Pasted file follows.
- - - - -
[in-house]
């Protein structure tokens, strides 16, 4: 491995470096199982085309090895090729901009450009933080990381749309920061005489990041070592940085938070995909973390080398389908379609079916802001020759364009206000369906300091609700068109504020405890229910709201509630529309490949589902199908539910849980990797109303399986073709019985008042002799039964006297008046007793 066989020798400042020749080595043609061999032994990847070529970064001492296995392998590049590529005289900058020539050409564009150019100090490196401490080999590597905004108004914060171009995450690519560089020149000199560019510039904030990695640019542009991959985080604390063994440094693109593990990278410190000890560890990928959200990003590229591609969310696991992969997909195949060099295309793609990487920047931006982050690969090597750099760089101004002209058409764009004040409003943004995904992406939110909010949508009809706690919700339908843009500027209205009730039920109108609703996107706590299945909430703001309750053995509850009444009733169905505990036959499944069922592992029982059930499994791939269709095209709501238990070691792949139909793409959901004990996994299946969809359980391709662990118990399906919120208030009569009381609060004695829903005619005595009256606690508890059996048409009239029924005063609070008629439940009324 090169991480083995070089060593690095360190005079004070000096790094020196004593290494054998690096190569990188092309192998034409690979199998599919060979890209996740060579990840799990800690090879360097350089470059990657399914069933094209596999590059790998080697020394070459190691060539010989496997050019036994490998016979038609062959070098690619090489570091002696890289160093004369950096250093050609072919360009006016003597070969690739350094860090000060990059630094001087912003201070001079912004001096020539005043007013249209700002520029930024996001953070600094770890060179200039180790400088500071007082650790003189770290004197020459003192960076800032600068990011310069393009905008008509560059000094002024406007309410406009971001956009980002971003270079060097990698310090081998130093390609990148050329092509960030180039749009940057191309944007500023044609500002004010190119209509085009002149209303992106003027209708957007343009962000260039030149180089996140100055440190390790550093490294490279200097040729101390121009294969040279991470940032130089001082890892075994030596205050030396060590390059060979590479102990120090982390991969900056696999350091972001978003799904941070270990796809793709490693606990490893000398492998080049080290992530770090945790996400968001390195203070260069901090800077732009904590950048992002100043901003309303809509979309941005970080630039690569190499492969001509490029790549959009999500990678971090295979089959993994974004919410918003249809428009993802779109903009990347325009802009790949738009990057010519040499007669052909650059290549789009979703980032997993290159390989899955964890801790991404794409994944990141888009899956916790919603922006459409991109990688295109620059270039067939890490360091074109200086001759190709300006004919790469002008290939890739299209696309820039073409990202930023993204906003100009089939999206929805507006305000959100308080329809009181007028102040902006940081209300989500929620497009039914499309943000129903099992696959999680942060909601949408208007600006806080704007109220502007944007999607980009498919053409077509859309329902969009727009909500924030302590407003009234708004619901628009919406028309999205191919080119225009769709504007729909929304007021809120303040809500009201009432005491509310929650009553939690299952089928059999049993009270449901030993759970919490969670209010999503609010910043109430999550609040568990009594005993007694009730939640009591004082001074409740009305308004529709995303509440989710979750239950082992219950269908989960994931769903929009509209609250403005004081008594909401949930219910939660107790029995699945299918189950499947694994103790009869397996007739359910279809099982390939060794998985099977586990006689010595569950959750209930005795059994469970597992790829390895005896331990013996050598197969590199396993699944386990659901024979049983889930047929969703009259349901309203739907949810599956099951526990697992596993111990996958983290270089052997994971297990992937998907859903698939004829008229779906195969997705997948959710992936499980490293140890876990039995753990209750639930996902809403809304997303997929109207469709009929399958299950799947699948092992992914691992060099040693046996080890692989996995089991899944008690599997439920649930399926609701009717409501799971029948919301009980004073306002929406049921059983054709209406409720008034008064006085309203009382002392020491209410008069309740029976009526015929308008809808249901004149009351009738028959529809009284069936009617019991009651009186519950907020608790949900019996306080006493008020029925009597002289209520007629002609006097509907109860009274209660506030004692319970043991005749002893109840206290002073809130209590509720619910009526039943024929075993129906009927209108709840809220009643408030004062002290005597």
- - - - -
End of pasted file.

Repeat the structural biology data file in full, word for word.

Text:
[in-house]
């Protein structure tokens, strides 16, 4: 491995470096199982085309090895090729901009450009933080990381749309920061005489990041070592940085938070995909973390080398389908379609079916802001020759364009206000369906300091609700068109504020405890229910709201509630529309490949589902199908539910849980990797109303399986073709019985008042002799039964006297008046007793 066989020798400042020749080595043609061999032994990847070529970064001492296995392998590049590529005289900058020539050409564009150019100090490196401490080999590597905004108004914060171009995450690519560089020149000199560019510039904030990695640019542009991959985080604390063994440094693109593990990278410190000890560890990928959200990003590229591609969310696991992969997909195949060099295309793609990487920047931006982050690969090597750099760089101004002209058409764009004040409003943004995904992406939110909010949508009809706690919700339908843009500027209205009730039920109108609703996107706590299945909430703001309750053995509850009444009733169905505990036959499944069922592992029982059930499994791939269709095209709501238990070691792949139909793409959901004990996994299946969809359980391709662990118990399906919120208030009569009381609060004695829903005619005595009256606690508890059996048409009239029924005063609070008629439940009324 090169991480083995070089060593690095360190005079004070000096790094020196004593290494054998690096190569990188092309192998034409690979199998599919060979890209996740060579990840799990800690090879360097350089470059990657399914069933094209596999590059790998080697020394070459190691060539010989496997050019036994490998016979038609062959070098690619090489570091002696890289160093004369950096250093050609072919360009006016003597070969690739350094860090000060990059630094001087912003201070001079912004001096020539005043007013249209700002520029930024996001953070600094770890060179200039180790400088500071007082650790003189770290004197020459003192960076800032600068990011310069393009905008008509560059000094002024406007309410406009971001956009980002971003270079060097990698310090081998130093390609990148050329092509960030180039749009940057191309944007500023044609500002004010190119209509085009002149209303992106003027209708957007343009962000260039030149180089996140100055440190390790550093490294490279200097040729101390121009294969040279991470940032130089001082890892075994030596205050030396060590390059060979590479102990120090982390991969900056696999350091972001978003799904941070270990796809793709490693606990490893000398492998080049080290992530770090945790996400968001390195203070260069901090800077732009904590950048992002100043901003309303809509979309941005970080630039690569190499492969001509490029790549959009999500990678971090295979089959993994974004919410918003249809428009993802779109903009990347325009802009790949738009990057010519040499007669052909650059290549789009979703980032997993290159390989899955964890801790991404794409994944990141888009899956916790919603922006459409991109990688295109620059270039067939890490360091074109200086001759190709300006004919790469002008290939890739299209696309820039073409990202930023993204906003100009089939999206929805507006305000959100308080329809009181007028102040902006940081209300989500929620497009039914499309943000129903099992696959999680942060909601949408208007600006806080704007109220502007944007999607980009498919053409077509859309329902969009727009909500924030302590407003009234708004619901628009919406028309999205191919080119225009769709504007729909929304007021809120303040809500009201009432005491509310929650009553939690299952089928059999049993009270449901030993759970919490969670209010999503609010910043109430999550609040568990009594005993007694009730939640009591004082001074409740009305308004529709995303509440989710979750239950082992219950269908989960994931769903929009509209609250403005004081008594909401949930219910939660107790029995699945299918189950499947694994103790009869397996007739359910279809099982390939060794998985099977586990006689010595569950959750209930005795059994469970597992790829390895005896331990013996050598197969590199396993699944386990659901024979049983889930047929969703009259349901309203739907949810599956099951526990697992596993111990996958983290270089052997994971297990992937998907859903698939004829008229779906195969997705997948959710992936499980490293140890876990039995753990209750639930996902809403809304997303997929109207469709009929399958299950799947699948092992992914691992060099040693046996080890692989996995089991899944008690599997439920649930399926609701009717409501799971029948919301009980004073306002929406049921059983054709209406409720008034008064006085309203009382002392020491209410008069309740029976009526015929308008809808249901004149009351009738028959529809009284069936009617019991009651009186519950907020608790949900019996306080006493008020029925009597002289209520007629002609006097509907109860009274209660506030004692319970043991005749002893109840206290002073809130209590509720619910009526039943024929075993129906009927209108709840809220009643408030004062002290005597």